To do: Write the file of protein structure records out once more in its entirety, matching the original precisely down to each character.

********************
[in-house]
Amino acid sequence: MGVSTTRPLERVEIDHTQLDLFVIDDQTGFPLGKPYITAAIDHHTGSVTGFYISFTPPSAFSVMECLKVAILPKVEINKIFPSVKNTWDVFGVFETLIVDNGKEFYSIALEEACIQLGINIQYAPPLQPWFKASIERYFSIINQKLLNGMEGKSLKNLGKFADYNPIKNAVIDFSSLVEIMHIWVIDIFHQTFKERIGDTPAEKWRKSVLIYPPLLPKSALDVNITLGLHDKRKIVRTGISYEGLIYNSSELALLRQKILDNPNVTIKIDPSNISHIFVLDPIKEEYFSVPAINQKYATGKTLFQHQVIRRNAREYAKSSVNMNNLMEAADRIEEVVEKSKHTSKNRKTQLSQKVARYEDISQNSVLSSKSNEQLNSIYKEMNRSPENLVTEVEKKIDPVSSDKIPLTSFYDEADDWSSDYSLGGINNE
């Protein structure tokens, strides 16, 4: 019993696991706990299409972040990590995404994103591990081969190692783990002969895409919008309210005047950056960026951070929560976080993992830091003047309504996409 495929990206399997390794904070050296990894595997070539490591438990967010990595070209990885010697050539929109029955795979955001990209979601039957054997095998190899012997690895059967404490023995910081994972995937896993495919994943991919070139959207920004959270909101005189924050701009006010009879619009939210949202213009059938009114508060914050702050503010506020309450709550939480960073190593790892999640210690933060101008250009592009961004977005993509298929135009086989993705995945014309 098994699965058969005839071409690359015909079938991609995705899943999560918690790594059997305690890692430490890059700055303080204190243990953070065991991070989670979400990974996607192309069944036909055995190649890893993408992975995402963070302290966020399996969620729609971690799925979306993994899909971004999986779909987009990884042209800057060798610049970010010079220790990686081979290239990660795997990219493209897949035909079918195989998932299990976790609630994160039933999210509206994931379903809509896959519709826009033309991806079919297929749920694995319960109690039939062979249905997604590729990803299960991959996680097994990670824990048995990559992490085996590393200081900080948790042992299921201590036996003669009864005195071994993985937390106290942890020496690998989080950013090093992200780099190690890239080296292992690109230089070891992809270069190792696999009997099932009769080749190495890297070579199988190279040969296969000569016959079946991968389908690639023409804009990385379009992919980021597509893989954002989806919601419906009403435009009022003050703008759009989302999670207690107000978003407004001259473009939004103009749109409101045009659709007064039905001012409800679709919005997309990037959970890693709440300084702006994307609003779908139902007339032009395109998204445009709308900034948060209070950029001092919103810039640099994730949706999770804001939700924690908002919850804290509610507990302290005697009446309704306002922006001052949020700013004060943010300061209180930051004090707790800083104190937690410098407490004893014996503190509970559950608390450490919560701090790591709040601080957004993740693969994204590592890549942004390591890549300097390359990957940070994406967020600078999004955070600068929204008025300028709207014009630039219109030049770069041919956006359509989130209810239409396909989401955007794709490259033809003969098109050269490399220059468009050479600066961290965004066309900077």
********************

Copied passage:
[in-house]
Amino acid sequence: MGVSTTRPLERVEIDHTQLDLFVIDDQTGFPLGKPYITAAIDHHTGSVTGFYISFTPPSAFSVMECLKVAILPKVEINKIFPSVKNTWDVFGVFETLIVDNGKEFYSIALEEACIQLGINIQYAPPLQPWFKASIERYFSIINQKLLNGMEGKSLKNLGKFADYNPIKNAVIDFSSLVEIMHIWVIDIFHQTFKERIGDTPAEKWRKSVLIYPPLLPKSALDVNITLGLHDKRKIVRTGISYEGLIYNSSELALLRQKILDNPNVTIKIDPSNISHIFVLDPIKEEYFSVPAINQKYATGKTLFQHQVIRRNAREYAKSSVNMNNLMEAADRIEEVVEKSKHTSKNRKTQLSQKVARYEDISQNSVLSSKSNEQLNSIYKEMNRSPENLVTEVEKKIDPVSSDKIPLTSFYDEADDWSSDYSLGGINNE
């Protein structure tokens, strides 16, 4: 019993696991706990299409972040990590995404994103591990081969190692783990002969895409919008309210005047950056960026951070929560976080993992830091003047309504996409 495929990206399997390794904070050296990894595997070539490591438990967010990595070209990885010697050539929109029955795979955001990209979601039957054997095998190899012997690895059967404490023995910081994972995937896993495919994943991919070139959207920004959270909101005189924050701009006010009879619009939210949202213009059938009114508060914050702050503010506020309450709550939480960073190593790892999640210690933060101008250009592009961004977005993509298929135009086989993705995945014309 098994699965058969005839071409690359015909079938991609995705899943999560918690790594059997305690890692430490890059700055303080204190243990953070065991991070989670979400990974996607192309069944036909055995190649890893993408992975995402963070302290966020399996969620729609971690799925979306993994899909971004999986779909987009990884042209800057060798610049970010010079220790990686081979290239990660795997990219493209897949035909079918195989998932299990976790609630994160039933999210509206994931379903809509896959519709826009033309991806079919297929749920694995319960109690039939062979249905997604590729990803299960991959996680097994990670824990048995990559992490085996590393200081900080948790042992299921201590036996003669009864005195071994993985937390106290942890020496690998989080950013090093992200780099190690890239080296292992690109230089070891992809270069190792696999009997099932009769080749190495890297070579199988190279040969296969000569016959079946991968389908690639023409804009990385379009992919980021597509893989954002989806919601419906009403435009009022003050703008759009989302999670207690107000978003407004001259473009939004103009749109409101045009659709007064039905001012409800679709919005997309990037959970890693709440300084702006994307609003779908139902007339032009395109998204445009709308900034948060209070950029001092919103810039640099994730949706999770804001939700924690908002919850804290509610507990302290005697009446309704306002922006001052949020700013004060943010300061209180930051004090707790800083104190937690410098407490004893014996503190509970559950608390450490919560701090790591709040601080957004993740693969994204590592890549942004390591890549300097390359990957940070994406967020600078999004955070600068929204008025300028709207014009630039219109030049770069041919956006359509989130209810239409396909989401955007794709490259033809003969098109050269490399220059468009050479600066961290965004066309900077």